A WWII Marine Reflects On How The Service Has Changed Since She EnlistedDan Doyle
The Minneapolis Star Tribune recently did a story on one June Fremont a 97 year old resident of Woobury, MN. The thing that got my attention was that she is a WWII veteran of the United States Marine Corps. She is clearly proud of her service in the Marine Corps, but even more proud of the country she served in that uniform.
The United States Marine Corps was the last of the military services to open its ranks to women. Fremont’s father was already serving in the war when the Marine Corps decided to establish a Women’s Reserve unit in 1943. Fremont, moved by a deep sense of patriotism, entered the Marine Corps at that time.
Fremont went to boot camp at Camp Lejeune, NC. She told the Minneapolis Star Tribune, “Boot camp was a very strict place.”
She remembers that the obstacle courses that the women were required to do, were the same as the men’s courses. She also remembers doing some training with the Browning automatic rifle in boot camp and that it left her shoulder black and blue. Apparently, even with these new Women Marine recruits, the Marine Corps idea of “Every Marine is a rifleman” meant that they got at least the basics in weapons training. Women were not trained or placed in any combat MOSs at that time, of course. Most were placed in clerical positions of one kind or another during their service.
Fremont told the Star Tribune, “The military taught me to be persistent. And I became more and more aware of the world.”
During the course of her active duty during WWII, she was stationed for a time in Hawaii. She remembered that she and the other women that were sent there, had to take lower ranks, to avoid “offending” the lower-ranked Marines who had landed in Hawaii after fighting in one or more of the Marine Corps’ most hard fought island campaigns in the Pacific. She said that all of the women understood and accepted that situation willingly. Her job there was to enter data into one of the huge IBM computers that were the state of the art of computing at the time.
By the end of the war, more than 18,000 women had served in the Marine Corps ranks. 820 of those were officers. According to the Star Tribune, two years after the women were made a permanent part of the Regular Marine Corps, as a result of the Women’s Armed Services Integration Act, the Marine Corps’ Women’s Reserve was activated for the Korean War.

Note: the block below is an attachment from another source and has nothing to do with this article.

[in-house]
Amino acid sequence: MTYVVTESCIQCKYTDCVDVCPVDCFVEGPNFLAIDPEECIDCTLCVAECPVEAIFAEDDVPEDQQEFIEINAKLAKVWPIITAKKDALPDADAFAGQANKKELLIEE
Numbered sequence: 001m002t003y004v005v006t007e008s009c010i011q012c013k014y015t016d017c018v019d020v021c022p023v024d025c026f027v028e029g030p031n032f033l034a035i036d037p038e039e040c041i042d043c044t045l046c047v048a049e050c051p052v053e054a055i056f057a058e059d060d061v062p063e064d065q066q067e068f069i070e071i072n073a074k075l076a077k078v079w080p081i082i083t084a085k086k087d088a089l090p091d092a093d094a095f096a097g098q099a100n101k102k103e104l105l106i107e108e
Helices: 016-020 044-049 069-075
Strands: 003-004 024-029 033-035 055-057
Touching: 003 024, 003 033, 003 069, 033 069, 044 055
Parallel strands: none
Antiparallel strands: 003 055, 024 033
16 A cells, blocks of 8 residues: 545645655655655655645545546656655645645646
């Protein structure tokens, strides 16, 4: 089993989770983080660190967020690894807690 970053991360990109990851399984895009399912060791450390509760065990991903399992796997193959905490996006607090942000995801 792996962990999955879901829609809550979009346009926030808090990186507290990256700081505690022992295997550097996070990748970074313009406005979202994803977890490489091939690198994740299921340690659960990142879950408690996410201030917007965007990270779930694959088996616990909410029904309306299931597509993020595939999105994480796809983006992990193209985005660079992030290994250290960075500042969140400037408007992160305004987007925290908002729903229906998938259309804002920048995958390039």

After her time in Hawaii, Fremont was transferred to the Pentagon where her job was to write the Presidential Citation letters to the families of soldiers, sailors, airmen, and Marines who were listed as either missing-in-action (MIA) or killed-in-action (KIA). She would make it a point to attend the funeral of those KIA and to talk to the military pallbearers who were often battle buddies who had been assigned to bring their buddies home. She would ask them about their friends who had been KIA in order to be able to personalize those citation letters to the families a bit more.
Fremont would meet her husband while serving in the Corps. Lee Fremont was an Army parachutist at stationed at Fort Bragg. After the war they were married and moved to St. Paul, MN where they raised six kids. When the last of those kids was old enough, she decided to go back to work. She applied for a job at IBM and got it. She worked there for 43 years.
June Fremont had a simple answer for why she served in the Marine Corps. She said simply, “I just really love America.” Her advice to those who are young enough to serve is simple and clear as well. “I recommend the military to anyone.”
Fremont was invited to attend the Marine Corps Ball in 2017. She wore here old Marine Corps class A uniform proudly and enjoyed the event very much.
The Veterans Site sends its thanks and its deepest respect to June Fremont. She will turn 98 on August 20, 2019. She will then become a part of the 60% of the Women Marines Association’s 3,000 members who are over the age of 98 years of age or older. OooRah, Marine! Semper Fidelis!